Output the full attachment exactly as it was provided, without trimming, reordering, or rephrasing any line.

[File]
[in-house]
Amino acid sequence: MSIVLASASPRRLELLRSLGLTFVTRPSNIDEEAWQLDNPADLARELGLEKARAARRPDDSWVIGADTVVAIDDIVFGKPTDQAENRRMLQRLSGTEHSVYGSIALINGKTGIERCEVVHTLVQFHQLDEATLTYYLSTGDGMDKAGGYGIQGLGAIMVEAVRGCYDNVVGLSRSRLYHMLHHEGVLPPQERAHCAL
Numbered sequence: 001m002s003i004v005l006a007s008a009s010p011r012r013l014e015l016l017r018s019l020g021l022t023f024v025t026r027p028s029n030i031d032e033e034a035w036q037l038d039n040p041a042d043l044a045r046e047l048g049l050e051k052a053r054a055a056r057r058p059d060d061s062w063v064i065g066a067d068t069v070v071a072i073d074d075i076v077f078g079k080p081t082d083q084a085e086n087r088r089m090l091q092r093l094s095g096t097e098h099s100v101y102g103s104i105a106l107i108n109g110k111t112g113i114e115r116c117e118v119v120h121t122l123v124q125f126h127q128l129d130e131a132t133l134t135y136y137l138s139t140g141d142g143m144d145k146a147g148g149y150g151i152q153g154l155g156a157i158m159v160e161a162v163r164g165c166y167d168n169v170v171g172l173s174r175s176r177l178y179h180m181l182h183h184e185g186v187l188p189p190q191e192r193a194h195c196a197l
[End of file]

[in-house]
Amino acid sequence: MSIVLASASPRRLELLRSLGLTFVTRPSNIDEEAWQLDNPADLARELGLEKARAARRPDDSWVIGADTVVAIDDIVFGKPTDQAENRRMLQRLSGTEHSVYGSIALINGKTGIERCEVVHTLVQFHQLDEATLTYYLSTGDGMDKAGGYGIQGLGAIMVEAVRGCYDNVVGLSRSRLYHMLHHEGVLPPQERAHCAL
Numbered sequence: 001m002s003i004v005l006a007s008a009s010p011r012r013l014e015l016l017r018s019l020g021l022t023f024v025t026r027p028s029n030i031d032e033e034a035w036q037l038d039n040p041a042d043l044a045r046e047l048g049l050e051k052a053r054a055a056r057r058p059d060d061s062w063v064i065g066a067d068t069v070v071a072i073d074d075i076v077f078g079k080p081t082d083q084a085e086n087r088r089m090l091q092r093l094s095g096t097e098h099s100v101y102g103s104i105a106l107i108n109g110k111t112g113i114e115r116c117e118v119v120h121t122l123v124q125f126h127q128l129d130e131a132t133l134t135y136y137l138s139t140g141d142g143m144d145k146a147g148g149y150g151i152q153g154l155g156a157i158m159v160e161a162v163r164g165c166y167d168n169v170v171g172l173s174r175s176r177l178y179h180m181l182h183h184e185g186v187l188p189p190q191e192r193a194h195c196a197l